The Supreme Court has made a decision on how to better codify when a contractual provision is a penalty. What effect will the new classification have on construction contracts?
The Supreme Court has reached a decision on whether the rule against penalty clauses ought to be abolished, broadened, restricted or better codified. While the Supreme Court doubted “that the courts would have invented the rule today if their predecessors had not done so three centuries ago” it decided that judicial abolition would not be a proper course to take and that it would better codify the “test” for when a contractual provision is a penalty.
The new test is: a contractual clause is penal if it was a secondary obligation which imposed a detriment on the contract-breaker out of all proportion to any legitimate interest of the innocent party in the enforcement of the primary obligation.
In the context of a typical construction contract the test may be expressed as: a so-called liquidated damages clause for delay to completion is an (unenforceable) penalty if it imposes a number (£x/day) on the contractor that is out of all proportion to any legitimate interest of the employer/owner/developer in achieving the target completion date.
The Supreme Court has removed reliance on commercial purpose as an excuse for inserting what would otherwise be a penalty
Readers may think there is no real difference between the new test and how the industry has applied the so called Lord Dunedin test, as set out in the 1915 case of Dunlop Pneumatic Tyre Company Ltd vs New Garage and Motor Company Ltd. Such readers would be correct and indeed the Supreme Court recognises that in the case of a straightforward damages clause (as in typical building contracts), the employer’s interest would rarely extend beyond compensation for the breach, and their lordships would expect that Lord Dunedin’s four tests would usually be adequate to determine validity. A lazy reader could stop here and presume that the Supreme Court’s decision has changed nothing for the construction industry.
However, where monetary compensation was not the only legitimate interest which the innocent party might have in the performance of the defaulter’s primary obligations, the new test makes several subtle adjustments. First, it removes debate on whether the sum stated to be the liquidated damage was a genuine pre-estimate of the loss that the employer would suffer as consequence of a delay to completion. Second, it removes debate on whether the clause was inserted as a deterrent. Third, the Supreme Court has removed reliance on commercial purpose as an excuse for inserting what would otherwise be a penalty.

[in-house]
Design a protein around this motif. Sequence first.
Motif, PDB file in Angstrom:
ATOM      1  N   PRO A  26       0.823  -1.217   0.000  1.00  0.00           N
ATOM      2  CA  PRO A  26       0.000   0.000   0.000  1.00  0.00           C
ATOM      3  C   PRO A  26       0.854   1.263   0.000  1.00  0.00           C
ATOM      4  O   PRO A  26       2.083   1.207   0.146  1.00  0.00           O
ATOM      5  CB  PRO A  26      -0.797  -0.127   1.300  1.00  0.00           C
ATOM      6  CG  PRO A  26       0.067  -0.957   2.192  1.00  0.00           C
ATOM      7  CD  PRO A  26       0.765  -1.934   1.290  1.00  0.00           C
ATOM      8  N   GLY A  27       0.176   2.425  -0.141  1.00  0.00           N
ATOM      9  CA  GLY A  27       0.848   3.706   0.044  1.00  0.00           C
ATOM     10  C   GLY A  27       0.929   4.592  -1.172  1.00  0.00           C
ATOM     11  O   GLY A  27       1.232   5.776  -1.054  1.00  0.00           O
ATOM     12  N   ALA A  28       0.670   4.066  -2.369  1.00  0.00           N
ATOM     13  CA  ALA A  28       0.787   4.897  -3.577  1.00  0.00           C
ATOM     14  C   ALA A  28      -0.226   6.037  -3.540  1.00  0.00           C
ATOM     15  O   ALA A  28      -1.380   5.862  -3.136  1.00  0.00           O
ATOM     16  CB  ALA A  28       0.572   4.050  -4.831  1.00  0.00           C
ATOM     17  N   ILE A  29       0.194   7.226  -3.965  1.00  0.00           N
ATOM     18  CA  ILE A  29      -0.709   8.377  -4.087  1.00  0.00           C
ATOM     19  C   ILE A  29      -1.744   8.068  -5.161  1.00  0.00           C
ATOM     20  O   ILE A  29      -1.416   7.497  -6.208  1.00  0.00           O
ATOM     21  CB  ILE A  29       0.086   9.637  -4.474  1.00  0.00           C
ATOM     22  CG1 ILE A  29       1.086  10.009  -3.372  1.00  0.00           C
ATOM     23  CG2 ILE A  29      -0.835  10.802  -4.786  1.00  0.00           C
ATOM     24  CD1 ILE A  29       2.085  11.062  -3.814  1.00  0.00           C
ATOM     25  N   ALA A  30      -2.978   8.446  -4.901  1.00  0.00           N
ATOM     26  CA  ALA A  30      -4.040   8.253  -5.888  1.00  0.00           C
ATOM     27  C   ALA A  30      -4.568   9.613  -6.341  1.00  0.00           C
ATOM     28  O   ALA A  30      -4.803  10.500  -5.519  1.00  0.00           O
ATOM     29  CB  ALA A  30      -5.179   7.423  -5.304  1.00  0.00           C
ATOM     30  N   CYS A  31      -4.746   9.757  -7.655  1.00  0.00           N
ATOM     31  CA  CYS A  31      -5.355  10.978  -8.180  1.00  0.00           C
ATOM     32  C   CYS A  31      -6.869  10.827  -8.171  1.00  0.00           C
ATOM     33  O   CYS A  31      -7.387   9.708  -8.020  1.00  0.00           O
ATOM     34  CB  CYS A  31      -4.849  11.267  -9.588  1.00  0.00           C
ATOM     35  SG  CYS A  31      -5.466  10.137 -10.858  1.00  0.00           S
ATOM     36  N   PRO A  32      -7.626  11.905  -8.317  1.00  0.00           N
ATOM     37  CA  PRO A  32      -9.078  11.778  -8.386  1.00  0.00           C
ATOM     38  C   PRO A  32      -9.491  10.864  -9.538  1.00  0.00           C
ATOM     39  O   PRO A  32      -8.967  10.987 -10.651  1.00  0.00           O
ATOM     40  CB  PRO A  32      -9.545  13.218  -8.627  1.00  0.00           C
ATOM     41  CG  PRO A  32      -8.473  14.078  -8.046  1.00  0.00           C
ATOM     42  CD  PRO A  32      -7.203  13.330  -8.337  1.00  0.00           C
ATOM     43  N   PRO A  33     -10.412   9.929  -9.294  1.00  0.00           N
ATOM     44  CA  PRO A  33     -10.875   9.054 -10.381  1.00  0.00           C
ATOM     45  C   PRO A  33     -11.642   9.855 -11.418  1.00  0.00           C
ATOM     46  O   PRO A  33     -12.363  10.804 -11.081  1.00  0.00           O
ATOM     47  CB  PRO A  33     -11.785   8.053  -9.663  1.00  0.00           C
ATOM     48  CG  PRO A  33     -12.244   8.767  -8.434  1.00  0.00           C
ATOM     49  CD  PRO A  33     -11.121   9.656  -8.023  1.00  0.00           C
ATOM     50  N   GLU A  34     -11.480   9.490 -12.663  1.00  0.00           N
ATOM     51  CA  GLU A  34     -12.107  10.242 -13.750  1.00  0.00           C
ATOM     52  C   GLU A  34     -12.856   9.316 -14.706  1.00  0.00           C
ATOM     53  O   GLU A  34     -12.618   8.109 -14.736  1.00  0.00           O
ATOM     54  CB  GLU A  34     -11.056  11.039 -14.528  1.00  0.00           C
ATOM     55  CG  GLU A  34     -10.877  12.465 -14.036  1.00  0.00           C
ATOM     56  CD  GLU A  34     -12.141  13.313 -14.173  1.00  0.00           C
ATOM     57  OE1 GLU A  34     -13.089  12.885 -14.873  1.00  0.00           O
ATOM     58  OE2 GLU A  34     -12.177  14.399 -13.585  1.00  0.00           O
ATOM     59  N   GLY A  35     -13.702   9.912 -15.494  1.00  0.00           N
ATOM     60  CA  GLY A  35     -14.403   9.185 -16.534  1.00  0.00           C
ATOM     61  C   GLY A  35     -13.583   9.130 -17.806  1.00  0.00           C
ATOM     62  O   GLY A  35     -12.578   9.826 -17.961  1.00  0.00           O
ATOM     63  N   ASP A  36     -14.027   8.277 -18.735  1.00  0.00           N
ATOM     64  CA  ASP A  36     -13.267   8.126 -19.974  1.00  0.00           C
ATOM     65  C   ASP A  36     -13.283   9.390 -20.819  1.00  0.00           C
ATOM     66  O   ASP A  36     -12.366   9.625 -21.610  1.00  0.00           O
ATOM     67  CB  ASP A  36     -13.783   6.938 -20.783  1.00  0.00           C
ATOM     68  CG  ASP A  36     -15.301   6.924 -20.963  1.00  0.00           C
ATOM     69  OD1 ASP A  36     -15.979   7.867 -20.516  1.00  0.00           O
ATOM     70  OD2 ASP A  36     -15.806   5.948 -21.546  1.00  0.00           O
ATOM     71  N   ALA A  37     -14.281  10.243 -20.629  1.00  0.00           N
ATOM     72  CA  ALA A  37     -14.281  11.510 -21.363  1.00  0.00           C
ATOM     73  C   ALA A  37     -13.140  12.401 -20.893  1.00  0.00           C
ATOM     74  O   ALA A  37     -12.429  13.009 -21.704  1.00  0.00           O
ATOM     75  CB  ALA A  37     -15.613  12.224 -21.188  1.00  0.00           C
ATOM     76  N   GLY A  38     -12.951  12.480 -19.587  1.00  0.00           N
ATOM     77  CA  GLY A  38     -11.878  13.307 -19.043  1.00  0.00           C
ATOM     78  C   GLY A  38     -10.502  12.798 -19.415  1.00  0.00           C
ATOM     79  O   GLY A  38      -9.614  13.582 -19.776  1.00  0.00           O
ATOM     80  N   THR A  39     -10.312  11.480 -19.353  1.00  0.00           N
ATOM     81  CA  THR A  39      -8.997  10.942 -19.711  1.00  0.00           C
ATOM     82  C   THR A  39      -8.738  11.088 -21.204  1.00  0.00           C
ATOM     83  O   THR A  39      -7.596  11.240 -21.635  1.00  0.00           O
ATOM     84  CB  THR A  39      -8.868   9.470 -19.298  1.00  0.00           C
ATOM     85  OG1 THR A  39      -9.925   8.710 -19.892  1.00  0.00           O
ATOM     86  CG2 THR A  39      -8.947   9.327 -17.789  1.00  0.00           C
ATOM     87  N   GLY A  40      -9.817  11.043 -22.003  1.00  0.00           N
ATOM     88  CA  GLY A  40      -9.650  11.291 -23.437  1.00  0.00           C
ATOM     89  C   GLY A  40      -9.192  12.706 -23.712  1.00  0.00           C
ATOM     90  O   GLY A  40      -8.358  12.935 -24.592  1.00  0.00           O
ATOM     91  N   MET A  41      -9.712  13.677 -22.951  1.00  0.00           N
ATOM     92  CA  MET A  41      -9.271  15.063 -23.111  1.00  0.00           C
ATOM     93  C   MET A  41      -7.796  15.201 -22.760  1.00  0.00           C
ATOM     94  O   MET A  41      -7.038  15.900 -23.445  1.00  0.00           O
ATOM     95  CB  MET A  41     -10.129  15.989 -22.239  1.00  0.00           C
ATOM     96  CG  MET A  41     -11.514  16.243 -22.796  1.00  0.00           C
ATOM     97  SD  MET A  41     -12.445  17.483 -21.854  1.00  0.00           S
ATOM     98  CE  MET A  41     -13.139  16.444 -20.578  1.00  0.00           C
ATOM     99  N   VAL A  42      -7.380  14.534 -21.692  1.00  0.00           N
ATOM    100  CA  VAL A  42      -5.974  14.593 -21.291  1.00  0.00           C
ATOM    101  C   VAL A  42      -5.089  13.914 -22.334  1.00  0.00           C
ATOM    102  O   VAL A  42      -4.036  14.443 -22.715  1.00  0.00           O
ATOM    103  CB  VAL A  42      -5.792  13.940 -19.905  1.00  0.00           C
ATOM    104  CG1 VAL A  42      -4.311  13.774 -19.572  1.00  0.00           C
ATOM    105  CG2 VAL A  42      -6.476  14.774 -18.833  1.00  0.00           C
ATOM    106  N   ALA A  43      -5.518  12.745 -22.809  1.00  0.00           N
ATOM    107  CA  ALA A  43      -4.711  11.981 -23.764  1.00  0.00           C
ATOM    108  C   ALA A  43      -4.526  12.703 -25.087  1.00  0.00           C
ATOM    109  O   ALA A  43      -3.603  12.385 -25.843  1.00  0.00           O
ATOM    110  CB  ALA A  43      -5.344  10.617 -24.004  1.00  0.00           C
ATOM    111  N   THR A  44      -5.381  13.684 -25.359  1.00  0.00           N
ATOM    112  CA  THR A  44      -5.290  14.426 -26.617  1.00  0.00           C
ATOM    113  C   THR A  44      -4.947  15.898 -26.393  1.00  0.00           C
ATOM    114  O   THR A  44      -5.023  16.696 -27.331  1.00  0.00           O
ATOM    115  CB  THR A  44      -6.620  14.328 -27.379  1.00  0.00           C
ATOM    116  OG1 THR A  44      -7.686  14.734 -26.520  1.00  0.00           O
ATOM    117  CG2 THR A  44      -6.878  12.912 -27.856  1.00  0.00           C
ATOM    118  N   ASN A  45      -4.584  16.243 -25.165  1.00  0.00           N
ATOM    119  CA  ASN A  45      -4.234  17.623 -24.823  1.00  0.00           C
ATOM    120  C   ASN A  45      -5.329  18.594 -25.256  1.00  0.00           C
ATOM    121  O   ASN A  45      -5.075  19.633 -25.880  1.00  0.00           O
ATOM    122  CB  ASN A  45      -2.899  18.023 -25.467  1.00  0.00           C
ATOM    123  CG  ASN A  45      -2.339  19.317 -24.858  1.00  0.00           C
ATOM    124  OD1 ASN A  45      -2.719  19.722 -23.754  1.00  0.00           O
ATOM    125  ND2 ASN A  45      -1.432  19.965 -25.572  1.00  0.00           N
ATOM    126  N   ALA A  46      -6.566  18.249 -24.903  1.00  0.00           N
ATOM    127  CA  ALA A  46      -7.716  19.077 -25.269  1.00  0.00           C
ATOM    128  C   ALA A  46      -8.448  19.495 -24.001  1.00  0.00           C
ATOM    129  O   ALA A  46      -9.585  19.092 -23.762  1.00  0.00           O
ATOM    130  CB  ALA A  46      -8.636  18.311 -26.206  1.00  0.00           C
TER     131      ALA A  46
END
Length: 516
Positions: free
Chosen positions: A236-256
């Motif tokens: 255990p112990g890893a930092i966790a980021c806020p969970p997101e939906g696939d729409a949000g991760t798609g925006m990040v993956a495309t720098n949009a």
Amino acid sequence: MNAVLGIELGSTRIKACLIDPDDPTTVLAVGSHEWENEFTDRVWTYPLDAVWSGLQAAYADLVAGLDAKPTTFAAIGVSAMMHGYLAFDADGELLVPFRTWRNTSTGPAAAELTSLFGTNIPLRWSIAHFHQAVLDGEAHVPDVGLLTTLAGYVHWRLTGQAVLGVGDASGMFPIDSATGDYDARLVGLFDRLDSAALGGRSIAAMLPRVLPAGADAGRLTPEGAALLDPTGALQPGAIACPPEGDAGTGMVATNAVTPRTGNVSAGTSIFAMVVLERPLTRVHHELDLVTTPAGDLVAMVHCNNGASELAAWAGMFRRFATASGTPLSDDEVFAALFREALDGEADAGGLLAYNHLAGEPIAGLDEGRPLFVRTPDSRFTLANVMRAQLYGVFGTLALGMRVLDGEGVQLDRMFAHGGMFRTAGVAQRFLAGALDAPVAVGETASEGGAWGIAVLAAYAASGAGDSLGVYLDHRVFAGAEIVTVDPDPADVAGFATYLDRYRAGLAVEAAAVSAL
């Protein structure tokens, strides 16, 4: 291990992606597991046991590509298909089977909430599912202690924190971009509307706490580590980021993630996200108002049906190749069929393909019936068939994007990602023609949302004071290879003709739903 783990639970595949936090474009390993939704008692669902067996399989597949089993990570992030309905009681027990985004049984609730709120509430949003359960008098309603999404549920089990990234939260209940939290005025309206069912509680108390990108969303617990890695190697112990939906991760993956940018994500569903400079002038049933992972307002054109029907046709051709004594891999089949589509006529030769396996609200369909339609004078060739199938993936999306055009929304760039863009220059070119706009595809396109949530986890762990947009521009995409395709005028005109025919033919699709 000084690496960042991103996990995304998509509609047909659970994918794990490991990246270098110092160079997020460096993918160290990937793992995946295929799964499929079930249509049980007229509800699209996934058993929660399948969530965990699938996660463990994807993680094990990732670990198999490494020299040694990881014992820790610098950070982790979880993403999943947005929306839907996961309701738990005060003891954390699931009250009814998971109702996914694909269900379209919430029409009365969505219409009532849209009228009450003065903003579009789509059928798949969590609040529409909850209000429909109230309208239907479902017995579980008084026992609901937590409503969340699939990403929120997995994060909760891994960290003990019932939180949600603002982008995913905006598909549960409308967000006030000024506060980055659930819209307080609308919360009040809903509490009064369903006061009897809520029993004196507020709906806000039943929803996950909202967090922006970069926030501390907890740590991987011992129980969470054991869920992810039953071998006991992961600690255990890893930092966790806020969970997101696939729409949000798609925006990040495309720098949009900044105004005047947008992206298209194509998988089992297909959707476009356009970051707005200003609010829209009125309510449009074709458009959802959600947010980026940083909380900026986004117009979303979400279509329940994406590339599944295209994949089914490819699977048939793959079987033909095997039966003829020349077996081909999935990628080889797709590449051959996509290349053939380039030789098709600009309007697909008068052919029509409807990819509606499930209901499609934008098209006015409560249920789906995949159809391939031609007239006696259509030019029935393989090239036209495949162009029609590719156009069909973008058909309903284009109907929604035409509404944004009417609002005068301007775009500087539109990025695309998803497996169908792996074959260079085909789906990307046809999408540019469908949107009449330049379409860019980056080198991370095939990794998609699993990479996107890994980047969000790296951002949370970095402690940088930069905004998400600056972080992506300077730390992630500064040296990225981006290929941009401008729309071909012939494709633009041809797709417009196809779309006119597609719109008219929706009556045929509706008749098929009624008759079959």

In many non-construction agreements – for example, a share purchase agreement – a buyer of the company may have a legitimate interest in the performance by the seller which extends beyond the recovery of pure monetary compensation, and it is in such situations that the new test will really take effect.
This is exactly what happened in the Cavendish Square Holding BV vs Talal El Makdessi case. Readers may recall my earlier article where I discussed that, by an agreement, Mr Makdessi agreed to sell to Cavendish a controlling stake in the holding company of the largest advertising and marketing communications group in the Middle East. The contract provided that if he was in breach of certain restrictive covenants against competing activities, Mr Makdessi would not be entitled to receive the final two instalments of the price paid by Cavendish (clause 5.1) and could be required to sell his remaining shares to Cavendish, at a price excluding the value of the goodwill of the business (clause 5.6).
The issues will not be so binary and one can expect courts to look at the overall contractual arrangements
Mr Makdessi subsequently breached these covenants. Mr Makdessi argued that clauses 5.1 and 5.6 were unenforceable penalty clauses. The Supreme Court has decided that the law of penalties did not apply because the clauses in question were effectively price adjustment clauses and as such part of the primary commercial deal in which the courts cannot interfere.
This is where construction lawyers may get excited, or “innovative”, and seek to draft contracts so that the contract sum could be reduced if, for example, the contractor fails to achieve certain key performance indicators. Such drafters would seek to argue that the adjustment of the contract sum in accordance with KPIs is all part of the primary obligation relating to the contract sum and thus nothing to do with the law on penalties relying on the statement that “it is not a proper function of the penalty rule to empower the courts to review the fairness of the parties’ primary obligations, such as the consideration promised for a given standard of performance”.
However, the issues will not be so binary and one can expect courts to look at the overall contractual arrangements or context to assess whether things like failure to achieve KPIs were properly a material or fundamental aspect of the commercial bargain. Such issues will require elegant and bespoke legal analysis.
Hamish Lal is head of construction at Jones Day London